When asked if he’ll become more conservative, Letang’s sarcasm spoke volumes, “Make no mistakes? I’ll try that.”

Having watched Letang’s demeanor and progression closely over the past couple of years, it appears the turnovers got to him. The questions did, too. Last season, he knew he was struggling and answered a few of Pittsburgh Hockey Now’s tough questions very earnestly. Obviously, he didn’t keep that tone at the end of this season (though I found it funny. More guys should let rip with what they’re thinking and we should be accepting of it).

Letang’s heightened turnover trend is as much about trying to dominate the game as he once did as they are about the ever-increasing structured NHL game.

That friction of the changing game confronted Phil Kessel, Evgeni Malkin, and Kris Letang. Letang had the best season of the three, by far but he too will have to adjust. It’s unfortunate for the player that a flailing playoff series undid an A+ regular season.

But the grade stands, B+.

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Pittsburgh Hockey Now owner, formerly 93.7 The Fan, Sportsnet Hockey Tonight. Catch Dan tweeting @theDanKingerski and the official @pghhockeynow account.

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6 Comments

6 Comments

  1. Edgar

    May 4, 2019 at 11:58 am

    I love Letang. Always have. I do wonder if his good offensive stats get a little inflated playing so much time with Crosby. It’s kind of unfair to compare because he plays so much time with Sid 5v5. But, my big gripe with him is I wish he could be a little more judicious in picking his spots. I don’t think that’s a lot to ask. When Ovechkin and Kuzy are on the ice, maybe you stay back a bit more and don’t join the rush. Make sure the back end is covered. There’ll be plenty of opportunities to push forth. So, when he says, “maybe I won’t make any more mistakes”, maybe he should just be a little more careful depending who he’s out there with. Really, not a lot to ask form a guy as talented as he is.

  2. John

    May 4, 2019 at 12:08 pm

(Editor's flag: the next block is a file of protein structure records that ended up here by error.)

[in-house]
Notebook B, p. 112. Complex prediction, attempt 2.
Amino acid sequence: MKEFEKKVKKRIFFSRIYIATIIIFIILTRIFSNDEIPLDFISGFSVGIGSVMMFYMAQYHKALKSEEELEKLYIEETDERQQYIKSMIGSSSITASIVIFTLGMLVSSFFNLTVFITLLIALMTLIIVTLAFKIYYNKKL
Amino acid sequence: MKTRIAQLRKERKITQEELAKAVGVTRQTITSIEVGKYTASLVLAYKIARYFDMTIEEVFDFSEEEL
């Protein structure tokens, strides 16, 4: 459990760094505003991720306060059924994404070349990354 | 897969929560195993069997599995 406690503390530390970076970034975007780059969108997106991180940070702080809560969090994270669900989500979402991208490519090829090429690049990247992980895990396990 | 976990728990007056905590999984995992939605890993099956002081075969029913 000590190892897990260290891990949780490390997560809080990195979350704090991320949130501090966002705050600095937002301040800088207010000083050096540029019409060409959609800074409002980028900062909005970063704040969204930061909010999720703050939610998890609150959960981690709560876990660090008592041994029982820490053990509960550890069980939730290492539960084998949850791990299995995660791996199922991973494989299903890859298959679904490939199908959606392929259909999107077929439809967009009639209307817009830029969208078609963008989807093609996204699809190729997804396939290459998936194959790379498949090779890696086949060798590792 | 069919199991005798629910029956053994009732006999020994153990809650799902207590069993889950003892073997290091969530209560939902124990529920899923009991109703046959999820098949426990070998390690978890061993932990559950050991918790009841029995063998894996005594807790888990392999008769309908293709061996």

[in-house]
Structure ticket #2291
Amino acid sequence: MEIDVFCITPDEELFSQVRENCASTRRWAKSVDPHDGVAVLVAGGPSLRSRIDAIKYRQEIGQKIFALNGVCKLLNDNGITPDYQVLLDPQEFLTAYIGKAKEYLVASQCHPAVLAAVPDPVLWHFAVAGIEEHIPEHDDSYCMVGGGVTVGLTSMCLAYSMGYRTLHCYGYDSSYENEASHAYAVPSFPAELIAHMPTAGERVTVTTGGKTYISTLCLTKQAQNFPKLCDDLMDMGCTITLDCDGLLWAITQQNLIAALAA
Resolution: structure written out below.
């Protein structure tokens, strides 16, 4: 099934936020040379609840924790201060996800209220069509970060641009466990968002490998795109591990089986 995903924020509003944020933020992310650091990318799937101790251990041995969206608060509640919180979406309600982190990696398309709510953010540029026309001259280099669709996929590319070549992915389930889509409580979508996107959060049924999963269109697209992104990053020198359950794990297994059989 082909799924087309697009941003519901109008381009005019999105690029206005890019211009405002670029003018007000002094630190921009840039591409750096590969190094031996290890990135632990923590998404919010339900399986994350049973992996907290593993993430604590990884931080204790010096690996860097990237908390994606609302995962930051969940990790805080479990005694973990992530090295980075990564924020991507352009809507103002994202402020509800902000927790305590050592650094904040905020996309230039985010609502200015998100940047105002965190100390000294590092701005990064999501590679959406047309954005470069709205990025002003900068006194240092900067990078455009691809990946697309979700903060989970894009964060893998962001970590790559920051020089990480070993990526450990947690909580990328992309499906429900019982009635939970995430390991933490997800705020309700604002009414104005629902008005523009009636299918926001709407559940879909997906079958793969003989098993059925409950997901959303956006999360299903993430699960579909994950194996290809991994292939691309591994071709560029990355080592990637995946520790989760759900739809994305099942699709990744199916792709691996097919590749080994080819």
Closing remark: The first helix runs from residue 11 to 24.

Letang took 206 shots this season, not much less than Crosby. Imagine how many shots he would have had if he had been healthy? Defensemen should not have that many shots because that usually means he’s pinching and causing an offensive man to drop back and cover Letang’s defensive absence. If Letang wants to be an offensive hero, make him a forward. And I really hated his comment that he takes chances and that’s his game. Well, as his skills diminish with age, those chances could turn into team losses. If Letang doesn’t want to be coached, like Malkin and Kessel, it’s time to turn him loose.

  3. Matt Luda

    May 4, 2019 at 12:46 pm

    Remember when we were so optimistic that the Pens could threepeat because Letang was healthy and available again? Did we get that one wrong or what? Actually, he’s the No. 1 reason why this team underachieved in each of the last two postseasons (see Game 5, Caps, 2018 and Game 1, Isles, 2019. Can’t give him more than a B grade because of that.

    • Matt Luda

      May 4, 2019 at 1:11 pm

      BTW, was Letang really an A+ player in the regular season? It takes elite consistency for that grade, and that has never been a Letang trademark. A+ should be reserved for the winner of the Norris Trophy, for which he wasn’t even a finalist. I had him no better than sixth behind Giordano, Carlson, Hedman, Rielly and Burns in that order. Give him an A- in the regular season, F in the postseason, B overall.

  4. Lauretta Cebula

    May 4, 2019 at 5:36 pm

    Everyone seems to have forgotten that without Kris Letang’s play during the regular season ( and before his injury) , the Pens would have not made it to the playoffs!!! To lay the blame for those losses in the 1st round on him is totally unfair!!! It’s a team sport and everyone on the team shoulders the blame!!!

    • Dan Kingerski

      May 4, 2019 at 5:54 pm

      The story neither lays sole blame on Letang for the series loss or erases his regular season. The story is quite clear Letang had an A+ regular season.